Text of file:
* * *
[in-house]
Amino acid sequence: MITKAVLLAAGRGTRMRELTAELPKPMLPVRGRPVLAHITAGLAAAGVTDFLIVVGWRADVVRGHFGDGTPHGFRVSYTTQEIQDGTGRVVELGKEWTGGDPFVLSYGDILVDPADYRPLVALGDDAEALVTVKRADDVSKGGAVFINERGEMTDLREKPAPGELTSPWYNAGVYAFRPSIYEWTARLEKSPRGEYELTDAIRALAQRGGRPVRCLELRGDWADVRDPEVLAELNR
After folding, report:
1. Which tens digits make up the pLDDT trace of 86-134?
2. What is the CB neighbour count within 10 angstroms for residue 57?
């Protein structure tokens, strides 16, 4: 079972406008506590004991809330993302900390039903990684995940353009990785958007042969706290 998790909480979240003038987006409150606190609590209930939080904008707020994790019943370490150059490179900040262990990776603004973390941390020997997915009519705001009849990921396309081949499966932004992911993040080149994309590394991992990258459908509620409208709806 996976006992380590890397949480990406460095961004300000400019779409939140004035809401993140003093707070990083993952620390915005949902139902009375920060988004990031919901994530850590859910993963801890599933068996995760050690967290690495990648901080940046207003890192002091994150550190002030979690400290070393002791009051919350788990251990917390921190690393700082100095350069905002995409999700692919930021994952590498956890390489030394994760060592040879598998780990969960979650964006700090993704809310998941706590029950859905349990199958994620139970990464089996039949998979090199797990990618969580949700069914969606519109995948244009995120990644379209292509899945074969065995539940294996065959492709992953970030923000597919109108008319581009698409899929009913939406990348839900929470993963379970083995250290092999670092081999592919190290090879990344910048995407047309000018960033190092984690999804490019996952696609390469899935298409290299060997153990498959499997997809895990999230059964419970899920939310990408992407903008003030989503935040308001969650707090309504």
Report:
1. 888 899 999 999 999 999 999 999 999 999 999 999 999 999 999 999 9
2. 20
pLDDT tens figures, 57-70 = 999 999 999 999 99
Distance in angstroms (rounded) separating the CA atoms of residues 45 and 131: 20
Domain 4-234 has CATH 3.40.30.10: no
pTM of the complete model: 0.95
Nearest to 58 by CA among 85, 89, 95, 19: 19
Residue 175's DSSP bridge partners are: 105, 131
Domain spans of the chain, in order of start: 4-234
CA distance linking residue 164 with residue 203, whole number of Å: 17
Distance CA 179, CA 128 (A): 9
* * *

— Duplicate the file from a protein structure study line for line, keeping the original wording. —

[in-house]
Amino acid sequence: MITKAVLLAAGRGTRMRELTAELPKPMLPVRGRPVLAHITAGLAAAGVTDFLIVVGWRADVVRGHFGDGTPHGFRVSYTTQEIQDGTGRVVELGKEWTGGDPFVLSYGDILVDPADYRPLVALGDDAEALVTVKRADDVSKGGAVFINERGEMTDLREKPAPGELTSPWYNAGVYAFRPSIYEWTARLEKSPRGEYELTDAIRALAQRGGRPVRCLELRGDWADVRDPEVLAELNR
After folding, report:
1. Which tens digits make up the pLDDT trace of 86-134?
2. What is the CB neighbour count within 10 angstroms for residue 57?
């Protein structure tokens, strides 16, 4: 079972406008506590004991809330993302900390039903990684995940353009990785958007042969706290 998790909480979240003038987006409150606190609590209930939080904008707020994790019943370490150059490179900040262990990776603004973390941390020997997915009519705001009849990921396309081949499966932004992911993040080149994309590394991992990258459908509620409208709806 996976006992380590890397949480990406460095961004300000400019779409939140004035809401993140003093707070990083993952620390915005949902139902009375920060988004990031919901994530850590859910993963801890599933068996995760050690967290690495990648901080940046207003890192002091994150550190002030979690400290070393002791009051919350788990251990917390921190690393700082100095350069905002995409999700692919930021994952590498956890390489030394994760060592040879598998780990969960979650964006700090993704809310998941706590029950859905349990199958994620139970990464089996039949998979090199797990990618969580949700069914969606519109995948244009995120990644379209292509899945074969065995539940294996065959492709992953970030923000597919109108008319581009698409899929009913939406990348839900929470993963379970083995250290092999670092081999592919190290090879990344910048995407047309000018960033190092984690999804490019996952696609390469899935298409290299060997153990498959499997997809895990999230059964419970899920939310990408992407903008003030989503935040308001969650707090309504």
Report:
1. 888 899 999 999 999 999 999 999 999 999 999 999 999 999 999 999 9
2. 20
pLDDT tens figures, 57-70 = 999 999 999 999 99
Distance in angstroms (rounded) separating the CA atoms of residues 45 and 131: 20
Domain 4-234 has CATH 3.40.30.10: no
pTM of the complete model: 0.95
Nearest to 58 by CA among 85, 89, 95, 19: 19
Residue 175's DSSP bridge partners are: 105, 131
Domain spans of the chain, in order of start: 4-234
CA distance linking residue 164 with residue 203, whole number of Å: 17
Distance CA 179, CA 128 (A): 9